gloknos is delighted to welcome Dr Johan Östling (Lund University) to present Circulating Public Knowledge: Towards a New History of the Postwar Humanities as part of our annual series.
The purpose of this lecture is to demonstrate how a new history of the postwar humanities could be written. Drawing on approaches from the emerging field of the history of knowledge, I will outline a study of the conditions for the circulation of humanistic knowledge in the public sphere of Western Europe in the 1960s and 1970s. By introducing “arena of knowledge” as an analytical concept, I will highlight certain media platforms where circulation of humanistic knowledge occurred, for instance newspapers, paperback series and early television. All in all, the paper underlines the importance of the humanities for a kind of public knowledge in these years and thereby challenges a crisis narrative of the humanities of the postwar period that is prevalent both in autobiographical accounts and established historiography.
Johan Östling is a historian at Lund University, focused on the history of knowledge, but with expertise more broadly in ideas, culture, and politics in Europe's modern history. Currently, he is exploring knowledge circulation in the Swedish press in the 1960s.
Attendance is free but spaces are limited, so please email to reserve your seat. Please be aware that we will take an audio recording of this event, which may include any questions and responses delivered by the audience.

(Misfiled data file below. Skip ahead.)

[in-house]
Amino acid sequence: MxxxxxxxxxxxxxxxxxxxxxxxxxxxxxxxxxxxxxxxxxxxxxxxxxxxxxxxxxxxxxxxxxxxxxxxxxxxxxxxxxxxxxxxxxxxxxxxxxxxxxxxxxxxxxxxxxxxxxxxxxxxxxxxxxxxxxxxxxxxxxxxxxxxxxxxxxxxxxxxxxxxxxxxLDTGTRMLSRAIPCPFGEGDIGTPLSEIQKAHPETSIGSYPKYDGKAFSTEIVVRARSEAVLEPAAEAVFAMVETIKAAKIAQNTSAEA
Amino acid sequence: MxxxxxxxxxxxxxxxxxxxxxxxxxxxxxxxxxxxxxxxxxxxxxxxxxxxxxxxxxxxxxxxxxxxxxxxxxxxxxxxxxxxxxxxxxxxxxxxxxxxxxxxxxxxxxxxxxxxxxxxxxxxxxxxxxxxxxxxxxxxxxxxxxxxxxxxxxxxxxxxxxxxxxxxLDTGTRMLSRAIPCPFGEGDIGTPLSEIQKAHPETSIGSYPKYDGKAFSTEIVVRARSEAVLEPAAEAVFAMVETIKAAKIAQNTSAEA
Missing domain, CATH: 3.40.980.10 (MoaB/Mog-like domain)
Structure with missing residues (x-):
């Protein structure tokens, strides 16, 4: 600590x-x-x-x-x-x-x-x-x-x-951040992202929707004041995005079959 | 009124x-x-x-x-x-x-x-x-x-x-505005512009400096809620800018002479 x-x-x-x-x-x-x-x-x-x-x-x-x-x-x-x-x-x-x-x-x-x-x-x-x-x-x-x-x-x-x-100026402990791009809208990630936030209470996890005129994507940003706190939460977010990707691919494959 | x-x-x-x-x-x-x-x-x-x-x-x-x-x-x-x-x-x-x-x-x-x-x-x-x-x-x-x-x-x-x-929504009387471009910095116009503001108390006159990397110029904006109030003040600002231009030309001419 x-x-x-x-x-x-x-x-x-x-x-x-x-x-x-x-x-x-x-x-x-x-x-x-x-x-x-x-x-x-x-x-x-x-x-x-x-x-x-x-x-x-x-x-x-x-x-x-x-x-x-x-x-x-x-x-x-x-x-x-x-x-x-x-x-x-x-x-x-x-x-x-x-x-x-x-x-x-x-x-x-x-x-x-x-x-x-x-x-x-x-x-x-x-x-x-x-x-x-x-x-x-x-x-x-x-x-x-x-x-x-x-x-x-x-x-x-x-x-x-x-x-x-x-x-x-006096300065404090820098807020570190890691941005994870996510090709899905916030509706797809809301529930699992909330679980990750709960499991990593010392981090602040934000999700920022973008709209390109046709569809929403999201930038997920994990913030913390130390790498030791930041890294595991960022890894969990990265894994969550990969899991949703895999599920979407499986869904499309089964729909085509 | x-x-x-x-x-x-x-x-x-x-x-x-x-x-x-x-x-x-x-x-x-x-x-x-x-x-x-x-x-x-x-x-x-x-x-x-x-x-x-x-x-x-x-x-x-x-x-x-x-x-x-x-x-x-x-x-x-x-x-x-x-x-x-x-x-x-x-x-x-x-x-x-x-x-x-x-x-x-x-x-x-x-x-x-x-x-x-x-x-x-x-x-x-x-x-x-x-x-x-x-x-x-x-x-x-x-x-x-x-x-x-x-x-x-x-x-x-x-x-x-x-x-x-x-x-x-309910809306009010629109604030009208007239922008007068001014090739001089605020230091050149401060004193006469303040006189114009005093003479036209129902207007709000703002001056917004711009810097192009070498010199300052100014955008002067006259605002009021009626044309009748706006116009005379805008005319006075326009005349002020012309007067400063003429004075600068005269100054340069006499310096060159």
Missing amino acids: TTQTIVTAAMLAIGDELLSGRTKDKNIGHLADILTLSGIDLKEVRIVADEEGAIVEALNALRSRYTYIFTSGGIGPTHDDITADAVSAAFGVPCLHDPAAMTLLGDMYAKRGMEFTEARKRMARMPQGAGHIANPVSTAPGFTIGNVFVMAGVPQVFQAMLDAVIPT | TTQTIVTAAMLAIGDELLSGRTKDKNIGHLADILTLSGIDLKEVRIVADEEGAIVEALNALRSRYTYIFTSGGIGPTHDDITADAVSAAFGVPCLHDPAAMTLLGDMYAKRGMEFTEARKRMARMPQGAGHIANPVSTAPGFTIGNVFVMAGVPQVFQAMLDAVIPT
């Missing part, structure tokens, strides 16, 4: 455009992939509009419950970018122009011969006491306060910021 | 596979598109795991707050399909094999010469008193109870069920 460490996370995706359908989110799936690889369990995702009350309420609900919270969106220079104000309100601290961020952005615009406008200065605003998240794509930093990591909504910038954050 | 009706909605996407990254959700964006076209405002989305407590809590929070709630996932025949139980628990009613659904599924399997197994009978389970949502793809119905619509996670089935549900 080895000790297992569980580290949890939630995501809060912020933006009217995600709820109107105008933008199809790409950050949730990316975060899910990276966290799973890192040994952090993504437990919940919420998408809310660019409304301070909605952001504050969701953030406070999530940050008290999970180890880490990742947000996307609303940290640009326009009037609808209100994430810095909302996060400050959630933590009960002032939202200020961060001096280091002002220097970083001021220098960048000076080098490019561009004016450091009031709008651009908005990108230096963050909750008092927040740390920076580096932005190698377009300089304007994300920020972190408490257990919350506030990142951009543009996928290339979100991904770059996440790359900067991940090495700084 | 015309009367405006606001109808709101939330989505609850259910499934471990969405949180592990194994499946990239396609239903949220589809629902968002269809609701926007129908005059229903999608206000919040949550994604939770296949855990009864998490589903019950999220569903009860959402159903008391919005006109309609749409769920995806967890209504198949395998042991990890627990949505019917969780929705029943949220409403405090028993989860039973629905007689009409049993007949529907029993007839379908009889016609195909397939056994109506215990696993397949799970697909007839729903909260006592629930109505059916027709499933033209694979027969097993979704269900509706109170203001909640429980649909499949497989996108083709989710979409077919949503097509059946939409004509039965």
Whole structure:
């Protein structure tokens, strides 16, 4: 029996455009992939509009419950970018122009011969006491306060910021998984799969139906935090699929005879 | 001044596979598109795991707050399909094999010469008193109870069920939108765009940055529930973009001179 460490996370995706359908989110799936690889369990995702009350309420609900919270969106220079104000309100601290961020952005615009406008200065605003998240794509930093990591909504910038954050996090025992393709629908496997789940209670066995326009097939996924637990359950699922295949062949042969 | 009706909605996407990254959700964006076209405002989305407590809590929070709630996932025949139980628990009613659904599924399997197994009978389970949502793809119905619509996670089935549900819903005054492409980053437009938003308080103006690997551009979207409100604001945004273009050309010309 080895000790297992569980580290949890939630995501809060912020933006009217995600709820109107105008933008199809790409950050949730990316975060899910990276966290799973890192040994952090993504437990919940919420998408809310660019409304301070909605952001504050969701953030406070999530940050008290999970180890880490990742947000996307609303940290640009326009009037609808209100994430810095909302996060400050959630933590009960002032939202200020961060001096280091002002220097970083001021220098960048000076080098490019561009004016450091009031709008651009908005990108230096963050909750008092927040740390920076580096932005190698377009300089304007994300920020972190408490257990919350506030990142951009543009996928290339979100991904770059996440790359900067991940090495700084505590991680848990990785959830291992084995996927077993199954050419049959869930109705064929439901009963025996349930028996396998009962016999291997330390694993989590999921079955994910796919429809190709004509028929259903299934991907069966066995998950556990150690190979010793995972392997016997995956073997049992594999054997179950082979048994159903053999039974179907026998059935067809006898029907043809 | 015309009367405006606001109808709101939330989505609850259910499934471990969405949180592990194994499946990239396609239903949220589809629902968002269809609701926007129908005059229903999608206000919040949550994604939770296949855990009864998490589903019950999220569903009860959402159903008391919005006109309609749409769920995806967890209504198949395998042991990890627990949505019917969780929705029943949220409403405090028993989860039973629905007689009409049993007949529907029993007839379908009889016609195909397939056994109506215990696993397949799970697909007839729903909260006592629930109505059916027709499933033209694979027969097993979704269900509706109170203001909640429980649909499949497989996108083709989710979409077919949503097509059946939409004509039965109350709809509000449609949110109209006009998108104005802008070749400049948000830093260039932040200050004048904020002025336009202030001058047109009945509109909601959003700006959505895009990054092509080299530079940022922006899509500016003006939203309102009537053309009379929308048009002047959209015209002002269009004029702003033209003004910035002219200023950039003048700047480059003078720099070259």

gloknos is initially funded for 5 years by the European Research Council through a Consolidator Grant awarded to Dr Inanna Hamati-Ataya for her project ARTEFACT (2017-2022). ARTEFACT is funded by the European Research Council under the European Union’s Horizon 2020 Framework Programme for Research and Innovation (ERC grant agreement no. 724451). For information about gloknos or ARTEFACT please contact the administrator in the first instance.
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|4 December 2018||
Prof Eleanor Robson (University College London) – Geographies of Knowledge in Ancient and Modern Iraq: The Nahrein Network and the Intellectual Infrastructure of Heritage
|23 January 2019||
Dr Sujit Sivasundaram (University of Cambridge) – In the Bay of Bengal: Modelling Empire, Globe and Self
In conjunction with the Centre for South Asian Studies Seminar Series
|28 February 2019||
Dr Erica Charters (University of Oxford) – Knowledge and War: Paper Technologies in Early Modern Empires
|8 March 2019||
Prof Rebecca Earle (University of Warwick) – The Political Economy of Nutrition in the Eighteenth Century
|8 May 2019||
Dr Johan Östling (University of Lund) – Circulating Public Knowledge: Towards a New History of the Postwar Humanities
|14 June 2019||
Dr Sonja Brentjes (Max Planck Institute for the History of Science Berlin) – Heavens and Earth: An Empirical Approach to Knowledge Across Cultures